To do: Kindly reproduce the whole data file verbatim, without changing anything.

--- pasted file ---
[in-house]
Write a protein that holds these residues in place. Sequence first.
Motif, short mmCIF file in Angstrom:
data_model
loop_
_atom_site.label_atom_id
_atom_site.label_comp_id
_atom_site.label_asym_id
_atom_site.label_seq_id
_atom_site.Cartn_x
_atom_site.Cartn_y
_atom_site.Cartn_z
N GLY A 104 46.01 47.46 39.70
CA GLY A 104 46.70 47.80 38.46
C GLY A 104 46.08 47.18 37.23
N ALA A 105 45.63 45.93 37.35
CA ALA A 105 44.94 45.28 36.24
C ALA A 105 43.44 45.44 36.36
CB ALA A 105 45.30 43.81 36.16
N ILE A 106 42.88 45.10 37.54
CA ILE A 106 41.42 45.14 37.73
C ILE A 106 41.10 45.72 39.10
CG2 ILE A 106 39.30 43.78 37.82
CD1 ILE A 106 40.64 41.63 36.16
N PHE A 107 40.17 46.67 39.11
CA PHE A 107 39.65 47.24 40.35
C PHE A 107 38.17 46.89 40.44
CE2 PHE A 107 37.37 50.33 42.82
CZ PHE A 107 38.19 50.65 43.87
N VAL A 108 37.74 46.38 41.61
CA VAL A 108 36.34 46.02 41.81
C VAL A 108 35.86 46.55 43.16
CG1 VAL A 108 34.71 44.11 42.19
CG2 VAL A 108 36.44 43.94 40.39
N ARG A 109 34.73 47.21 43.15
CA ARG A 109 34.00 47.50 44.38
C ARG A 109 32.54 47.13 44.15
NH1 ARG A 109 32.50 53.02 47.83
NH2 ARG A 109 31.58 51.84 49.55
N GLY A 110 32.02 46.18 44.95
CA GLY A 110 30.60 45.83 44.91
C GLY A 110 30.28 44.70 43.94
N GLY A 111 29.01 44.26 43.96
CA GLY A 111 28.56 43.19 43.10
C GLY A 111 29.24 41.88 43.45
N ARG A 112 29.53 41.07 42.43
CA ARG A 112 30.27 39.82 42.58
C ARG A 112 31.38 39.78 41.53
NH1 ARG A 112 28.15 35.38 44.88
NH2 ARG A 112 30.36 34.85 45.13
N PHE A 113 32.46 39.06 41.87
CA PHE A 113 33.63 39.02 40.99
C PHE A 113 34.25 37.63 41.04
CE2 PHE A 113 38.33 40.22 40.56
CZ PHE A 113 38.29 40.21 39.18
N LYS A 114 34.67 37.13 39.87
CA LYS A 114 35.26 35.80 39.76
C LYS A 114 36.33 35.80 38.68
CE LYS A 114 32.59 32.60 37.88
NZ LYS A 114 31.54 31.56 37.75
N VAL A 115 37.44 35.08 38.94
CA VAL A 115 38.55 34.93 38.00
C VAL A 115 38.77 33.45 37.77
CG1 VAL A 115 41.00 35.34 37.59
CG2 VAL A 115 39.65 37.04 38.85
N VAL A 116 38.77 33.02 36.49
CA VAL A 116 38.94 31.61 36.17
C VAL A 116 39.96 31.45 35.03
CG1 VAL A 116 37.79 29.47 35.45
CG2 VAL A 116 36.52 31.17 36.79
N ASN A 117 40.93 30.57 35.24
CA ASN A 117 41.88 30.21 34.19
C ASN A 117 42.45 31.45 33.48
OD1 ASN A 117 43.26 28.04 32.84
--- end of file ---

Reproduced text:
[in-house]
Write a protein that holds these residues in place. Sequence first.
Motif, short mmCIF file in Angstrom:
data_model
loop_
_atom_site.label_atom_id
_atom_site.label_comp_id
_atom_site.label_asym_id
_atom_site.label_seq_id
_atom_site.Cartn_x
_atom_site.Cartn_y
_atom_site.Cartn_z
N GLY A 104 46.01 47.46 39.70
CA GLY A 104 46.70 47.80 38.46
C GLY A 104 46.08 47.18 37.23
N ALA A 105 45.63 45.93 37.35
CA ALA A 105 44.94 45.28 36.24
C ALA A 105 43.44 45.44 36.36
CB ALA A 105 45.30 43.81 36.16
N ILE A 106 42.88 45.10 37.54
CA ILE A 106 41.42 45.14 37.73
C ILE A 106 41.10 45.72 39.10
CG2 ILE A 106 39.30 43.78 37.82
CD1 ILE A 106 40.64 41.63 36.16
N PHE A 107 40.17 46.67 39.11
CA PHE A 107 39.65 47.24 40.35
C PHE A 107 38.17 46.89 40.44
CE2 PHE A 107 37.37 50.33 42.82
CZ PHE A 107 38.19 50.65 43.87
N VAL A 108 37.74 46.38 41.61
CA VAL A 108 36.34 46.02 41.81
C VAL A 108 35.86 46.55 43.16
CG1 VAL A 108 34.71 44.11 42.19
CG2 VAL A 108 36.44 43.94 40.39
N ARG A 109 34.73 47.21 43.15
CA ARG A 109 34.00 47.50 44.38
C ARG A 109 32.54 47.13 44.15
NH1 ARG A 109 32.50 53.02 47.83
NH2 ARG A 109 31.58 51.84 49.55
N GLY A 110 32.02 46.18 44.95
CA GLY A 110 30.60 45.83 44.91
C GLY A 110 30.28 44.70 43.94
N GLY A 111 29.01 44.26 43.96
CA GLY A 111 28.56 43.19 43.10
C GLY A 111 29.24 41.88 43.45
N ARG A 112 29.53 41.07 42.43
CA ARG A 112 30.27 39.82 42.58
C ARG A 112 31.38 39.78 41.53
NH1 ARG A 112 28.15 35.38 44.88
NH2 ARG A 112 30.36 34.85 45.13
N PHE A 113 32.46 39.06 41.87
CA PHE A 113 33.63 39.02 40.99
C PHE A 113 34.25 37.63 41.04
CE2 PHE A 113 38.33 40.22 40.56
CZ PHE A 113 38.29 40.21 39.18
N LYS A 114 34.67 37.13 39.87
CA LYS A 114 35.26 35.80 39.76
C LYS A 114 36.33 35.80 38.68
CE LYS A 114 32.59 32.60 37.88
NZ LYS A 114 31.54 31.56 37.75
N VAL A 115 37.44 35.08 38.94
CA VAL A 115 38.55 34.93 38.00
C VAL A 115 38.77 33.45 37.77
CG1 VAL A 115 41.00 35.34 37.59
CG2 VAL A 115 39.65 37.04 38.85
N VAL A 116 38.77 33.02 36.49
CA VAL A 116 38.94 31.61 36.17
C VAL A 116 39.96 31.45 35.03
CG1 VAL A 116 37.79 29.47 35.45
CG2 VAL A 116 36.52 31.17 36.79
N ASN A 117 40.93 30.57 35.24
CA ASN A 117 41.88 30.21 34.19
C ASN A 117 42.45 31.45 33.48
OD1 ASN A 117 43.26 28.04 32.84